- Identifying business goals and objectives: The first step in the HR forecasting process is understanding the business goals and objectives of the organization. This includes considering factors such as growth plans, new product launches, and changes in market conditions.
- Analyzing workforce data: The second step is to gather and analyze data on the current workforce, including information on employee demographics, skills, and performance. This data can help identify trends and patterns that may impact future HR needs.
- Conducting workforce planning: The next step is to use the data gathered in the previous stage to identify potential gaps between the organization's current and future workforce needs. They may also consider external factors such as changes in the job market and the availability of skilled workers.
- Developing a forecast: Based on the data and analysis conducted in the previous stages, HR professionals develop a forecast of the organization's future HR needs. This may include projections of the number and types of employees needed, as well as the skills and experiences required.
- Implementing the forecast: HR professionals work with other members of the organization to implement the forecast, including recruiting and training new employees as needed. They may also develop strategies to retain and develop current employees in order to meet future HR needs.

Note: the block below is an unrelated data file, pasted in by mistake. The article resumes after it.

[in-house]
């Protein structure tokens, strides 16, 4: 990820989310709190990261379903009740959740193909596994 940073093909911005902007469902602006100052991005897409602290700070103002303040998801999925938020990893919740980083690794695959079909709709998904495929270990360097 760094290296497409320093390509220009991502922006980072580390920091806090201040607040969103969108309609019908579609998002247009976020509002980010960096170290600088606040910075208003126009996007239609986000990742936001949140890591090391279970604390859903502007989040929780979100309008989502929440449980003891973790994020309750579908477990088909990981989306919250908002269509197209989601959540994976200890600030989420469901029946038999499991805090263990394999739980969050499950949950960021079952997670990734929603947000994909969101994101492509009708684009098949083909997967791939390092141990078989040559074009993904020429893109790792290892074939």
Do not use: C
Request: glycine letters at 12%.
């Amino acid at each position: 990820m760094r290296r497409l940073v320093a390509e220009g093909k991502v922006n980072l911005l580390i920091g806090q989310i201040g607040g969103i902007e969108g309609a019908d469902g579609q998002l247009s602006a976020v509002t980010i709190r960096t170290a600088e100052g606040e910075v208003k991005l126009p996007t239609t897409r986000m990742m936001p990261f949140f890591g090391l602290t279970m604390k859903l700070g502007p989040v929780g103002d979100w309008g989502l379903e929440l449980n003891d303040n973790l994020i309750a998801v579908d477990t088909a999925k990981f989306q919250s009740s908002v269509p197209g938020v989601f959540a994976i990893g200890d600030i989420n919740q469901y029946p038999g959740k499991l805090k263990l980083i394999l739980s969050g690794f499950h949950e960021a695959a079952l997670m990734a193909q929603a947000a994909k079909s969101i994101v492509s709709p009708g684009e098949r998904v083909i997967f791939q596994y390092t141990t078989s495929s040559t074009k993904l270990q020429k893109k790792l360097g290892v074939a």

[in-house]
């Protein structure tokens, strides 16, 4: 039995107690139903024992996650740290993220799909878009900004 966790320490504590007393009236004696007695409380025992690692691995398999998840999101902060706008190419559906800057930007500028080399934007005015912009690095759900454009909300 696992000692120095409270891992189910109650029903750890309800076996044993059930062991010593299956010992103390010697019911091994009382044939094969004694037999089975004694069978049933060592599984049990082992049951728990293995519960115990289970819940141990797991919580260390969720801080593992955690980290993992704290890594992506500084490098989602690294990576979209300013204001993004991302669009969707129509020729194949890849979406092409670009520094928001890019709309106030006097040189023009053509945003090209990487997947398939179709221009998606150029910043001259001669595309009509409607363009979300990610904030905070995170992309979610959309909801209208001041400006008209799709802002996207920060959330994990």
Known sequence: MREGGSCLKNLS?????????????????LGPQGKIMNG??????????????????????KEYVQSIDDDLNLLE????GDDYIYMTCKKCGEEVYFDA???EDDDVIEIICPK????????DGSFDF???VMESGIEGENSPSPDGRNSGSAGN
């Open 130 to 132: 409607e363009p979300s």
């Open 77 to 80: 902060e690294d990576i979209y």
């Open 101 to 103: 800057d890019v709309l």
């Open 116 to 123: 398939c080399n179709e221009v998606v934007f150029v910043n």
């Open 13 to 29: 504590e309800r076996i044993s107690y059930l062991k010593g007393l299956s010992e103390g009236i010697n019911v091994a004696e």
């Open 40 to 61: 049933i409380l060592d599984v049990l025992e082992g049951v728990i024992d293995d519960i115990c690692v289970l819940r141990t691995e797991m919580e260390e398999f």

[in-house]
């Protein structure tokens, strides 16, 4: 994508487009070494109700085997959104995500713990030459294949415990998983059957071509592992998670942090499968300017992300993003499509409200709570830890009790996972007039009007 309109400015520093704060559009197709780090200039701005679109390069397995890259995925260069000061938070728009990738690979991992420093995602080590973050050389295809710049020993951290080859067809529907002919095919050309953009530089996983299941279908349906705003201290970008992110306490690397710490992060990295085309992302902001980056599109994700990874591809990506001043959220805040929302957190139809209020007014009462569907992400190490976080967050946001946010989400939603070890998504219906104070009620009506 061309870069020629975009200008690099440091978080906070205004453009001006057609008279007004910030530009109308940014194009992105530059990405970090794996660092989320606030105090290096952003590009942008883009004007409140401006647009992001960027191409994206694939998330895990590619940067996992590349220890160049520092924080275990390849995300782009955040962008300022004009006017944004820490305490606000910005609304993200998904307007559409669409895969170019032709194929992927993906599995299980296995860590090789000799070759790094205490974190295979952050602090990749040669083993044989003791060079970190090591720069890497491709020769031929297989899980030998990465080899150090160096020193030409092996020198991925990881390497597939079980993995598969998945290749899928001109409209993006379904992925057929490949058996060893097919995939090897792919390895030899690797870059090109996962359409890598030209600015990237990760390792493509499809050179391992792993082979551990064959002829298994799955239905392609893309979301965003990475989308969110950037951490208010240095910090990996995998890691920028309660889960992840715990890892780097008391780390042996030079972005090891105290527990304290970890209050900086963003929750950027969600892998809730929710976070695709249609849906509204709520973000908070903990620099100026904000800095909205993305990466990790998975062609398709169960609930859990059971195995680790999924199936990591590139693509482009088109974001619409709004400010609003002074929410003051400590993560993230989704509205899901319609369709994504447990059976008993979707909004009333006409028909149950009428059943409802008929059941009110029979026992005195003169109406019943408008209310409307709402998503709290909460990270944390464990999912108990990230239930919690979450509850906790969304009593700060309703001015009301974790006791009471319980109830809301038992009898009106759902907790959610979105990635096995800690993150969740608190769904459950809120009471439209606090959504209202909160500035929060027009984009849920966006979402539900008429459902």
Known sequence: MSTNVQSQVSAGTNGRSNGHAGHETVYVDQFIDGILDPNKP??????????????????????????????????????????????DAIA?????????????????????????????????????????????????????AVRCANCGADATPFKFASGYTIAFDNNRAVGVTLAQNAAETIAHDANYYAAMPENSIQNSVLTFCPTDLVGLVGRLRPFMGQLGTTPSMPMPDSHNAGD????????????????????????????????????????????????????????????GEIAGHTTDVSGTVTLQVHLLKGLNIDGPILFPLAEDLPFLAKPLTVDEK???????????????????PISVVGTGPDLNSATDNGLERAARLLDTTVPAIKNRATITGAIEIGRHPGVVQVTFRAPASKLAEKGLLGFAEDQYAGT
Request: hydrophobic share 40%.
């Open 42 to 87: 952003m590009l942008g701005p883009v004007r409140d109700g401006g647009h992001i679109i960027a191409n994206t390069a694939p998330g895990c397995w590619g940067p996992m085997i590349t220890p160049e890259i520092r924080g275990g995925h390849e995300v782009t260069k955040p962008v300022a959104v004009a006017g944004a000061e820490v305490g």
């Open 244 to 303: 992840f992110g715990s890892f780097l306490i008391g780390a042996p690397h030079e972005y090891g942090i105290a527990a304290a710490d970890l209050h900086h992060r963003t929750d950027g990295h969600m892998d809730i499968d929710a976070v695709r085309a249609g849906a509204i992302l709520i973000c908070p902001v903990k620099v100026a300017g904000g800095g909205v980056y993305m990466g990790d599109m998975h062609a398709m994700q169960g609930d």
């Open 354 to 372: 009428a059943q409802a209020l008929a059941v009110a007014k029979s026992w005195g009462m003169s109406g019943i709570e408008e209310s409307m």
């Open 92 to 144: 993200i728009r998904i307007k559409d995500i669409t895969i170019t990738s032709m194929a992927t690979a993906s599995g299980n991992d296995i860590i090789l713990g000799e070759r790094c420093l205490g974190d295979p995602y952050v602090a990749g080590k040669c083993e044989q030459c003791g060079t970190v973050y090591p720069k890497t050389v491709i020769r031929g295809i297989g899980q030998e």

- Reviewing and updating the forecast: The forecasting process is ongoing, and HR professionals should regularly review and update their forecast as needed to ensure that the organization's HR needs are being met.

Key Roles and Responsibilities of HR

Recruitment and selection

The HR team is responsible for attracting, selecting and onboarding suitable candidates for their organization. Recruitment responsibilities include but not limited to- identifying job openings, posting job advertisements, reviewing resumes and applications, conducting interviews, and extending job offers.


Onboarding is an important responsibility of HR. Introducing a new employee into an organization includes helping them adjust to their new role and work environment, including providing orientation and training. 

Employee benefits

Managing and administering employee benefit programs, such as health insurance, retirement plans, and paid time off.

Performance management

Setting performance goals, providing feedback and support to employees, and conducting performance evaluations.

Employee relations

Serving as a resource for employees and addressing concerns and issues related to work, such as conflicts with co-workers or problems with supervision.